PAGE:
Adobe pay homage to failed development methodologies with WorkflowLab

! Warning: this post hasn't been updated in over three years and so may contain out of date information.

waterfall methodThis week’s Adobe MAX event has seen a sizeable number of interesting and potentially exciting announcements and releases. One rotten apple stood out amongst these releases though.

As anyone who has been involved in software development over the last couple of decades will know, everyone once used to slavishly follow the waterfall method of software development. Projects were consistently late, over-budget and of poor quality. An endless succession of solutions to solving these problems were suggested, with little success. Then one day, the penny dropped and it was realised that the the waterfall method itself was to blame. It is a crap way of developing software; this is well recognised today. Instead of the design, implement, test, ship step approach to development, agile methods, such as Scrum, are growing in popularity. The reason is simple: agile methods are far more likely to deliver projects on time, in budget with a high quality value.

Given this, I was excited to see a work flow tool appear on Adobe Labs, called WorkflowLab and eagerly installed it to see what the tool would offer. To say I was disappointed would be a gross understatement. I was actually shocked by what I found.

The first – and relatively minor – problem was the poor user experience it offered me as a Windows 7 user. Rather than use the Windows chrome, the developers have opted to implement their own chrome. As a consequence, it lacks the nice drop shadow that “proper” windows applications have. It doesn’t support the new Windows 7 window resizing controls (ie dragging on the titlebar when maximised didn’t cause it to resume its non-maximised size). And it basically plain looks crap as it sits amid a sea of aero glass-decorated programs. My guess is that the developers use Macs and did no Windows 7 UX tests. As the latter has been freely available via the beta programme for months now, the developers have no excuse for this.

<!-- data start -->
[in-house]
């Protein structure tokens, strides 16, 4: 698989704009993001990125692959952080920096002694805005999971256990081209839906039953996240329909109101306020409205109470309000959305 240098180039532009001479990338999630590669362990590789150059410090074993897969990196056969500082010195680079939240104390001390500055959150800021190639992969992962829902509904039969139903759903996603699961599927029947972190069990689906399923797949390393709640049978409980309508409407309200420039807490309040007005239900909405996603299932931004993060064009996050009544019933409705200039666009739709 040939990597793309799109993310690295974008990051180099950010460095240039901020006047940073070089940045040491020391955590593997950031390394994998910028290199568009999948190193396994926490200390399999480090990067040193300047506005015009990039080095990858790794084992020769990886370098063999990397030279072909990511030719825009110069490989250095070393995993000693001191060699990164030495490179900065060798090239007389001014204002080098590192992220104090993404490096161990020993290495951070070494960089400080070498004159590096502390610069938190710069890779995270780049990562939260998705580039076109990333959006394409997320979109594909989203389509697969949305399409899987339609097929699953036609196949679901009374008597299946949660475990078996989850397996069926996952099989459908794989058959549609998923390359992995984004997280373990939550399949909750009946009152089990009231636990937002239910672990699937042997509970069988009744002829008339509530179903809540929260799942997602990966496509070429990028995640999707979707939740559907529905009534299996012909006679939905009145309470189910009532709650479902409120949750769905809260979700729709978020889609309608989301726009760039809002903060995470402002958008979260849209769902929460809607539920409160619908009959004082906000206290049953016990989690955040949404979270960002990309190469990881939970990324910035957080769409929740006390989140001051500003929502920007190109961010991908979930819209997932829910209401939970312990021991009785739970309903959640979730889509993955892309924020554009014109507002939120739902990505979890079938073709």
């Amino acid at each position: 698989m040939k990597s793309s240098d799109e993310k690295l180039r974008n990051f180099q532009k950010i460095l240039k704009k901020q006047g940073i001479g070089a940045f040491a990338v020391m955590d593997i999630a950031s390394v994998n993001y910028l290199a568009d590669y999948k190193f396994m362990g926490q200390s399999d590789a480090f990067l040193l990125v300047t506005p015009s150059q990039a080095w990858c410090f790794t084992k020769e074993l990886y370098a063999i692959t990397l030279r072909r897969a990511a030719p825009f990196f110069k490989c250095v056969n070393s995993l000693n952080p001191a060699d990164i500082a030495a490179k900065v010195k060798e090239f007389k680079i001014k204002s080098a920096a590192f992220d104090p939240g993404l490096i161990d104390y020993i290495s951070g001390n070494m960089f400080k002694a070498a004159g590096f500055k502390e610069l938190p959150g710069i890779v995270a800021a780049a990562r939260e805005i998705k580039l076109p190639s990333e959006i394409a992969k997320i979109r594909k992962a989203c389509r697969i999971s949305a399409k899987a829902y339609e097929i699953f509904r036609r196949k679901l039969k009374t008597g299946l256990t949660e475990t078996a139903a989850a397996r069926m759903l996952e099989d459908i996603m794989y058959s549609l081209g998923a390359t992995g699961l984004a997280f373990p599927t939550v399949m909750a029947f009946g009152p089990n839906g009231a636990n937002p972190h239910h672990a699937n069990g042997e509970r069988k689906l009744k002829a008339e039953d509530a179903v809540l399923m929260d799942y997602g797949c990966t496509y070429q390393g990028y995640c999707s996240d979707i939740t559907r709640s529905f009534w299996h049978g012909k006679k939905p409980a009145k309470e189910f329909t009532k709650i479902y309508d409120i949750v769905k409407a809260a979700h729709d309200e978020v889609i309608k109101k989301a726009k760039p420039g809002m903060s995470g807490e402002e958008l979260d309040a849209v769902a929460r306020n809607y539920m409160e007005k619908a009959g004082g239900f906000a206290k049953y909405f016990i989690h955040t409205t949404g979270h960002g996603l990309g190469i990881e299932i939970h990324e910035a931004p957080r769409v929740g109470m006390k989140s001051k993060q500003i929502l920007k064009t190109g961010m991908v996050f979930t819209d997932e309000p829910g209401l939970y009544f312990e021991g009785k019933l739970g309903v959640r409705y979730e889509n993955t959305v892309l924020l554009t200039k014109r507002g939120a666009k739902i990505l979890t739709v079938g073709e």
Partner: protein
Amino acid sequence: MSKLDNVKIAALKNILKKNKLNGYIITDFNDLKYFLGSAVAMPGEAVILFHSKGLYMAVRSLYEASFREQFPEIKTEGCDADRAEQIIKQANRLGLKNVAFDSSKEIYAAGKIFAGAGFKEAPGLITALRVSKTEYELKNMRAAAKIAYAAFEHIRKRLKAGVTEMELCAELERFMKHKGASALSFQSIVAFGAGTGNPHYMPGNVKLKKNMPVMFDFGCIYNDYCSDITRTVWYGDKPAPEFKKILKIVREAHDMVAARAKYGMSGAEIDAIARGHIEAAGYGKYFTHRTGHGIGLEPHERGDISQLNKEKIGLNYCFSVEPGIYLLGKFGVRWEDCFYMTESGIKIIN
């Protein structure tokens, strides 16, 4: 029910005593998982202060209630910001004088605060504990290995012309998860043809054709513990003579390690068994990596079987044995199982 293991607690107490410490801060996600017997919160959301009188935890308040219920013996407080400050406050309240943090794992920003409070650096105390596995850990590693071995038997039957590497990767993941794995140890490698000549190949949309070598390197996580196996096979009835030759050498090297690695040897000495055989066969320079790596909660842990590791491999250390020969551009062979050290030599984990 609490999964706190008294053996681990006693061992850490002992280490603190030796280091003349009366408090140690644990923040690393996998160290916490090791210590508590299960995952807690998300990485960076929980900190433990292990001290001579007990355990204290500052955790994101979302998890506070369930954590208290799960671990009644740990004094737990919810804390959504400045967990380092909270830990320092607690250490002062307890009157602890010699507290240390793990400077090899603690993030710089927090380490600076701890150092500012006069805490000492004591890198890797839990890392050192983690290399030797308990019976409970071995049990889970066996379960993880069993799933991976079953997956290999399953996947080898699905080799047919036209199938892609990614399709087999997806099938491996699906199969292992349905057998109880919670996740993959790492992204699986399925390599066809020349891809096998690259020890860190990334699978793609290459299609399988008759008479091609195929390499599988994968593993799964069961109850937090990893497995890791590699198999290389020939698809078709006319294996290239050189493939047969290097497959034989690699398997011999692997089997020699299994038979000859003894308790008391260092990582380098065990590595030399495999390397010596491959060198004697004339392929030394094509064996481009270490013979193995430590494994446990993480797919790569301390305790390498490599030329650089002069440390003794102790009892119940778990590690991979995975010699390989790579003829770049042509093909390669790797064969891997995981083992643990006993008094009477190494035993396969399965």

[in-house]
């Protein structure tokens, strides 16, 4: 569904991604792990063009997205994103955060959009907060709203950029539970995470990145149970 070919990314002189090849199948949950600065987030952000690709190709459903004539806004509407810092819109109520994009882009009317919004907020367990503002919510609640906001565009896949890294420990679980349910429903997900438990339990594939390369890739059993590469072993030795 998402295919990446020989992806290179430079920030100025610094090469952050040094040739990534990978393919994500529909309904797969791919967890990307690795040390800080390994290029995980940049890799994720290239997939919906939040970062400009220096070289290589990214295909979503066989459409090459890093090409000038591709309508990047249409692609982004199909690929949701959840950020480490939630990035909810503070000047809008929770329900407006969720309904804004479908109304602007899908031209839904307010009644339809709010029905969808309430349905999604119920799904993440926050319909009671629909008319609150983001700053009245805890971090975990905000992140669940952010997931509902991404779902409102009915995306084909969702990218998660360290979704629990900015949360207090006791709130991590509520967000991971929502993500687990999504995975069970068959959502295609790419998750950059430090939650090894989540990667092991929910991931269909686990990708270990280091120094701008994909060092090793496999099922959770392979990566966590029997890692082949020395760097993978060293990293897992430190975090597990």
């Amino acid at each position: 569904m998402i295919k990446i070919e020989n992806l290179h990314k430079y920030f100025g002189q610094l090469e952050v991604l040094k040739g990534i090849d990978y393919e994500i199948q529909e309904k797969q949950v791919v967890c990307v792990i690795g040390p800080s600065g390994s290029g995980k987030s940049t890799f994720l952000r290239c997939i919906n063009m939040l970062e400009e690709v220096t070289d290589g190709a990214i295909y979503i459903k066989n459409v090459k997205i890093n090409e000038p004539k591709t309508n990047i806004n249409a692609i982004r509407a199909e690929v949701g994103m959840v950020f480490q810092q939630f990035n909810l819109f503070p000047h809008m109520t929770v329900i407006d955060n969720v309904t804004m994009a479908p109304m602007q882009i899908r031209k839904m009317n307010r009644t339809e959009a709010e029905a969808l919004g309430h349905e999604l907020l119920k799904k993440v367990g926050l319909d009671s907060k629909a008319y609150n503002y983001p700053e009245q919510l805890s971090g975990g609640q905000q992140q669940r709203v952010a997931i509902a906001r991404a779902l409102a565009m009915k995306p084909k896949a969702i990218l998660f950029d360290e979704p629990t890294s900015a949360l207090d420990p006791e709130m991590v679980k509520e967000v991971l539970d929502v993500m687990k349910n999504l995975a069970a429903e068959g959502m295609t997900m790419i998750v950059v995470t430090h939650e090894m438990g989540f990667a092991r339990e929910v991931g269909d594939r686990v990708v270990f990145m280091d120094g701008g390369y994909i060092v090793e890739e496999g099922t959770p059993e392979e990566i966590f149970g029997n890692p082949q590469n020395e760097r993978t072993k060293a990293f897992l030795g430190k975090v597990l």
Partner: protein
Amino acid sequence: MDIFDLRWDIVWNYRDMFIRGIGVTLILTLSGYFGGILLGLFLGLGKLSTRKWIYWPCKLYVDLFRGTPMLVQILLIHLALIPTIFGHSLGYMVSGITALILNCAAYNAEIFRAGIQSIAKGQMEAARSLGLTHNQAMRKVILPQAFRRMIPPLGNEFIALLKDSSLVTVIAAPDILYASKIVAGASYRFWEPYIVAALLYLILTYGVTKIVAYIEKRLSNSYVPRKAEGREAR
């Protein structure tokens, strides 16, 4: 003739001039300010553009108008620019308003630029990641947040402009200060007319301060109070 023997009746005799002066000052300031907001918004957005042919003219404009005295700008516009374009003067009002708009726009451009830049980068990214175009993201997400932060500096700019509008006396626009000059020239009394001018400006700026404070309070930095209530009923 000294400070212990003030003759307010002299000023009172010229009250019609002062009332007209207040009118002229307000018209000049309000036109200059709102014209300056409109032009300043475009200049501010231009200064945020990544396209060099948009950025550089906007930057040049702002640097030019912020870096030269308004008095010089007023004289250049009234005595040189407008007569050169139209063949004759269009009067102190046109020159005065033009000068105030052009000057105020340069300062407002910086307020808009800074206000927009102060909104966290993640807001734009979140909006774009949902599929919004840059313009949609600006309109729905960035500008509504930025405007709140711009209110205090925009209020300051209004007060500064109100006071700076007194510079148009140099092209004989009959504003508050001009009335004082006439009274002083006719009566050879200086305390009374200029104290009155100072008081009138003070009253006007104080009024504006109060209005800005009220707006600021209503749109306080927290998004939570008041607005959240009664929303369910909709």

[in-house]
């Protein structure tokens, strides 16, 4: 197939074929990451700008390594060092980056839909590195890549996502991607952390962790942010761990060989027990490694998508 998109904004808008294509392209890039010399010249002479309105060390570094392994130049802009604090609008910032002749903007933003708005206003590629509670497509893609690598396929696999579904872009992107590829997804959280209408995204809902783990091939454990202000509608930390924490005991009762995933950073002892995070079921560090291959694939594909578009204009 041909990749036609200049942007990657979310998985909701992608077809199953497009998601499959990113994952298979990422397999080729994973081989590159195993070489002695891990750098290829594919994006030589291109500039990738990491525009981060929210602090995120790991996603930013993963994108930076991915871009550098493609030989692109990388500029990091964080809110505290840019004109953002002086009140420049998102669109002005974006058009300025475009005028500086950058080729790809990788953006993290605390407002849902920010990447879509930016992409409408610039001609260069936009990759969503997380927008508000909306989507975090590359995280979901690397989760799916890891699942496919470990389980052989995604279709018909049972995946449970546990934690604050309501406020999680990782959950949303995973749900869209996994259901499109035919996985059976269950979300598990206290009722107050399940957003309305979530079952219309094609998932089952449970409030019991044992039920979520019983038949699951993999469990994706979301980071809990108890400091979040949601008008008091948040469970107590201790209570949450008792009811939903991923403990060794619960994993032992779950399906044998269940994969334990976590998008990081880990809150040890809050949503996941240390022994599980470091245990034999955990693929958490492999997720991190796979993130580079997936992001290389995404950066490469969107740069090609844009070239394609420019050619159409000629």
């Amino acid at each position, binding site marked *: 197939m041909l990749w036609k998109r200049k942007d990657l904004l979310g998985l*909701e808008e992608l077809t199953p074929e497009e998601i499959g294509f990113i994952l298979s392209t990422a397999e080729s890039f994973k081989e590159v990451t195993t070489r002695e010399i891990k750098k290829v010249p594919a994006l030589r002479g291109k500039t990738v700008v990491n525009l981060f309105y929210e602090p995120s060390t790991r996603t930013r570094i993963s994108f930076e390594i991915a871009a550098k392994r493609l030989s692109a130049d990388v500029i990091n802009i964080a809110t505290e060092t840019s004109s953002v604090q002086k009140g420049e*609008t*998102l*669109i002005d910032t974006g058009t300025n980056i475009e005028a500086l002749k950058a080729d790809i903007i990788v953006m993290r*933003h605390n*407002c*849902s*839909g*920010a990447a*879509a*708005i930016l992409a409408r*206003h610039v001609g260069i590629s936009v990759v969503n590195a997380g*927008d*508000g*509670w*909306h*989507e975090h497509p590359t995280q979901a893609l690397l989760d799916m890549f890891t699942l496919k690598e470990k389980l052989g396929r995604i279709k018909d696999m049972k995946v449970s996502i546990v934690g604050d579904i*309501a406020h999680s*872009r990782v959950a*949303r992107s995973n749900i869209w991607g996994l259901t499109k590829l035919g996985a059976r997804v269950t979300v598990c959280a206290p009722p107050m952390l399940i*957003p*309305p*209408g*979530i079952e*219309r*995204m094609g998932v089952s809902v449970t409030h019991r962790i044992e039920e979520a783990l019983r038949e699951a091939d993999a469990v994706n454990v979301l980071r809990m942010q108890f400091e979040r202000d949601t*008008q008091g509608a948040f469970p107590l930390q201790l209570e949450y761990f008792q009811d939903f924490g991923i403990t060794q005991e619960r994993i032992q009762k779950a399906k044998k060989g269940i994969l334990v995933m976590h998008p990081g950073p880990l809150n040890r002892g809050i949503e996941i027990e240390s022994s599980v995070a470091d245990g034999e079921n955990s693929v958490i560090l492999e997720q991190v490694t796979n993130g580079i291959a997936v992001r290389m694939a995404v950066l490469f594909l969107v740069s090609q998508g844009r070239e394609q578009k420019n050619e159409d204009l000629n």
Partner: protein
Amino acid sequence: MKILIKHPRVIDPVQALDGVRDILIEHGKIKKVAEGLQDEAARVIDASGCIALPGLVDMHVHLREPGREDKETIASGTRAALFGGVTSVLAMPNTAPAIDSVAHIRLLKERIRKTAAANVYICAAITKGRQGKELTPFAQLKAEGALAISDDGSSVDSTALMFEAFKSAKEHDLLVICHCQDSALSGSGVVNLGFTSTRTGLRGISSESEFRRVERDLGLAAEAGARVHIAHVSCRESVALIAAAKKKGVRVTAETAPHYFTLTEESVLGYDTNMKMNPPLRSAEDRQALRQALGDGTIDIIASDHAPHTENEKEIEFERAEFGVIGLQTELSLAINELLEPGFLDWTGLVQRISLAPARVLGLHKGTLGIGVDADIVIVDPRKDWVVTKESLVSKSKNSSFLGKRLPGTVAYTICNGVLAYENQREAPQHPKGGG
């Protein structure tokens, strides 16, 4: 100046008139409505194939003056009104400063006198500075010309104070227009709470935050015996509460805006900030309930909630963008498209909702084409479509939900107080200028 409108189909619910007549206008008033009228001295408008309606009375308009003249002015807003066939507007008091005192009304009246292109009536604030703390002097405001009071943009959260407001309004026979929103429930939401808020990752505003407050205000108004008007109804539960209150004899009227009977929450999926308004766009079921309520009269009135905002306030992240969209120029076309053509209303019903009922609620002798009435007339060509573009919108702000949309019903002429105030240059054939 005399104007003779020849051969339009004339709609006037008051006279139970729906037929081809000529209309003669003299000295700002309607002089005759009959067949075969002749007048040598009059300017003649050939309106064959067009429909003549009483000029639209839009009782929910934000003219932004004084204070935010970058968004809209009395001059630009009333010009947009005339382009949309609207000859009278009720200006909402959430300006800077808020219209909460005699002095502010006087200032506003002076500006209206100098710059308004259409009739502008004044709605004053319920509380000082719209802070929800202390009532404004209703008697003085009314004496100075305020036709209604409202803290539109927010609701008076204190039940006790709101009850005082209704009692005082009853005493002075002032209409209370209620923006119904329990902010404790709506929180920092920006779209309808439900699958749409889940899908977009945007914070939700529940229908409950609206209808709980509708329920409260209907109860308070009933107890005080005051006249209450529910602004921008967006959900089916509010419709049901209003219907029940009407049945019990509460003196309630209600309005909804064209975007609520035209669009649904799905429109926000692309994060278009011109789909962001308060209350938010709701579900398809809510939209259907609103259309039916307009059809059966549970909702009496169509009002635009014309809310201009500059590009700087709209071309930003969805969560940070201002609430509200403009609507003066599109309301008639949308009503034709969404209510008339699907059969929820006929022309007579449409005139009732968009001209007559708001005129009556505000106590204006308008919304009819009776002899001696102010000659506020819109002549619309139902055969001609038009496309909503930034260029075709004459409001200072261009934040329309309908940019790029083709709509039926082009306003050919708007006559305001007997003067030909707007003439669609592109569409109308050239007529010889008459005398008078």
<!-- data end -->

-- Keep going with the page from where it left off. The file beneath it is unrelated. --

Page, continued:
The second – and way more important –  problem can be observed in the screen shot below (click on it to see the full size image). What you see is a supposed “best practice” work flow for “InDesign to Kindle Store”.

WorkflowLab screenshot
WorkflowLab screenshot

The developers seem to seriously believe that completing the layout before previewing the result is “best practice”! And lest you think that this is a one-off, even the “Workflow Behind WorkflowLab” work flow show the classic design, develop, test, release waterfall approach and sells this too as “best practice”.

In case you haven’t worked it out by now, I strongly feel this is a rubbish application, full of bad work flow advice. By itself, this wouldn’t be too bad, but this is an Adobe-endorsed product that is supposed to sell the use of Flash Catalyst in the development work flow.  Catalyst has come in for criticism from some developers as the beta releases of the product only support one-way design -> develop work flows. I had assumed this due to it being a beta and that the final release would support circular, iterative, development. WorkflowLab opens up a worrying possibility though: that Catalyst will only ever support this one way flow, and Adobe are trying to con the world into thinking this is OK by presenting a failed work flow method as “best practice”.

3 thoughts on “Adobe pay homage to failed development methodologies with WorkflowLab

  1. bloody hell I didn’t realise the dinosaurs that believed in the waterfall model were still alive, or maybe the last remaining idiots have gravitated to this one project which looks likely to die a rapid death thus improving IT management via the same path suggested by Darwin.

    seriously though plenty of managers are there because they have been promoted to the position in which they can do the least harm (dilbert principle I think) so they won’t realise that this “best practice” is actually the “road to disaster” and may force otherwise capable people down this dead end path.

    So Adobe has proved to not only be stupid and stuck in the past but that if they are going down they want to take a few people with them.

  2. I just don’t get this product. A lot of folk in Adobe seem keen on agile methods, so why this idea was ever conceived is a mystery.

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